With the arrival of Western ships, new plants and animals soon found their way to the Hawaiian Islands.
The simple‐seeming gift of a few cattle given to Kamehameha I by Captain George Vancouver in 1793 made a major impact on the Hawai`i’s economy and ecosystem.
Having never seen animals with horns before, the Hawaiian called them pua‘a pepeiaohao, literally “pigs with iron ears.”
It also spawned a rich tradition of cowboy and ranch culture that is still here today.
Spaniards introduced the first cattle to Veracruz, Mexico in 1521. Vancouver picked up descendants of these animals from the Spanish mission in Monterey when he set off across the Pacific, intending to use them as food and gifts.
Cattle were not the only animals introduced to Hawai`i during this period. In 1778, Captain Cook left both goats and pigs.
British introduced sheep in the 1790s and they all soon roamed on Mauna Kea and Hualālai. In 1803, American Richard Cleveland presented horses ‐ a stallion and a mare ‐ to Kamehameha.
When Vancouver landed additional cattle at Kealakekua in 1794, he strongly encouraged Kamehameha to place a 10‐year kapu on them to allow the herd to grow.
In the decades that followed, cattle flourished and turned into a dangerous nuisance. By 1846, 25,000-wild cattle roamed at will and an additional 10,000-semi‐domesticated cattle lived alongside humans.
A wild bull or cow could weigh 1,200 to 1,500-pounds and had a six‐foot horn spread. Vast herds destroyed natives’ crops, ate the thatching on houses, and hurt, attacked and sometimes killed people.
Kamehameha III lifted the kapu in 1830 and the hunting of wild cattle was encouraged. The king hired cattle hunters from overseas to help in the effort; many of these were former convicts from Botany Bay in Australia.
Hunting sometimes ended in inadvertent tragedy. In 1834, the trampled dead body of Scottish botanist David Douglas, for whom the Douglas Fir tree is named, was discovered in a cattle-trap pit on Mauna Kea.
Hawaiʻi’s wild cattle population needed to be controlled for safety reasons, but the arrival of cattle hunters and Mexican vaquero (“Paniolo”) also happened to coincide with an economic opportunity.
In the early-1830s, trade in sandalwood slowed down as island forests became depleted. At about the same time, whaling ships hunting in the north Pacific began wintering in Hawaiian waters.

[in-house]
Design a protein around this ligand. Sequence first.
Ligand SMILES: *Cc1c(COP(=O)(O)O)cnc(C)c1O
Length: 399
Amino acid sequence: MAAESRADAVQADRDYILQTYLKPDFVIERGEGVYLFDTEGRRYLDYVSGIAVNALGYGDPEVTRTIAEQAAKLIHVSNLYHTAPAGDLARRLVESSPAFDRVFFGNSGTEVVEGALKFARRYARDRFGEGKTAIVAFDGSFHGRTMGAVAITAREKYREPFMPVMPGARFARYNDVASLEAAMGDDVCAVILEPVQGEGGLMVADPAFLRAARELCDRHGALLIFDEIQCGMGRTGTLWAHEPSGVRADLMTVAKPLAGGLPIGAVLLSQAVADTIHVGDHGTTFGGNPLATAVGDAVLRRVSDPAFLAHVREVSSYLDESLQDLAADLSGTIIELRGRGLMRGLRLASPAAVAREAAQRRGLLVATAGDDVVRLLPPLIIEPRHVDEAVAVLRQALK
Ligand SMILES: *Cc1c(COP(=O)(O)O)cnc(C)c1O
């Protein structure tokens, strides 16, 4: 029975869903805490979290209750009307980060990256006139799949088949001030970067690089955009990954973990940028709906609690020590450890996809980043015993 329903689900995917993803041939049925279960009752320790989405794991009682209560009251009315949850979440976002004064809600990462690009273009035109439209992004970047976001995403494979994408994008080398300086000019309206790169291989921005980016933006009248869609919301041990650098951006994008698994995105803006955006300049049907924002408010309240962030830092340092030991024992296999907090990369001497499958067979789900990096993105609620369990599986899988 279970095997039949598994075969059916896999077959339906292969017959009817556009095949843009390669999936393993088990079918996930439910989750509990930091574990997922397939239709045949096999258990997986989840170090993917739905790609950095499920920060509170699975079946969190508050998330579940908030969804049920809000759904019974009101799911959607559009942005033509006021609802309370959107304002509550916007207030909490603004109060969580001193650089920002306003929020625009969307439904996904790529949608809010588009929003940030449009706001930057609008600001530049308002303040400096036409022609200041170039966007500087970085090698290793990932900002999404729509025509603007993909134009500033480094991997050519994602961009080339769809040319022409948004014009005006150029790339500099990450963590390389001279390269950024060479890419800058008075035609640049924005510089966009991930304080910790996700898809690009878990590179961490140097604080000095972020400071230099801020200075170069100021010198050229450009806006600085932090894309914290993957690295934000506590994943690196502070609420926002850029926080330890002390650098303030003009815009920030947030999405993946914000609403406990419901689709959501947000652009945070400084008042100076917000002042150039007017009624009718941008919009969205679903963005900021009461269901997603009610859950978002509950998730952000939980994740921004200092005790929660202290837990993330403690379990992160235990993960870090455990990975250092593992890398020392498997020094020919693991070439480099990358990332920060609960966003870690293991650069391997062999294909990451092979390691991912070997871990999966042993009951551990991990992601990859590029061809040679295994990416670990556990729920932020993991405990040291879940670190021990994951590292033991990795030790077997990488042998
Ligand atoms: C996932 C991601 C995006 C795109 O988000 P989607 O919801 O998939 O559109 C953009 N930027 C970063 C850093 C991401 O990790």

Ships provisioning in Hawaiʻi ports provided a market for salt beef, in addition to hides and tallow. With the economic push of providing provisions to the whaling fleets, ranching became a commercial enterprise that grew in the islands.
Cattle ranching remains an important export and food industry in Hawai‘i. Currently, ranchers provide calves for finishing on the mainland and produce cattle for local consumption.
Cattle are Hawaii’s third most valuable agricultural commodity, worth about $44.8 million in 2017, though a history of having to respond to the whims of greater market forces has forced ranchers to constantly adapt to new changes in the supply chain. And for the past 30 years, cow-calf operations have been the best way for ranchers to make a living.
In 2019-2020, Idaho billionaire Frank VanderSloot assumed the leases for and purchased the slaughterhouses on O’ahu near Kapolei and on the Big Island in Paauilo, which together account for 70% of the state’s animal harvest capacity.
VanderSloot, founder of wellness company Melaleuca (the largest online wellness shopping club), recently completed upgrades to the O’ahu operation and work on the Big Island facility is underway. (Civil Beat)
When living in Waimea, I had a brief experience in “ranching.”
We picked up a day-old dairy bull calf from an Āhualoa dairy; we named him “Freezer Burn.” We removed the middle seat and transported him back home in our VW van. (I know; real cowboys don’t name their steers.)
After bottle-feeding him and briefly pasturing him, he ditched the premises and hooked up with part of the Parker Ranch herd.
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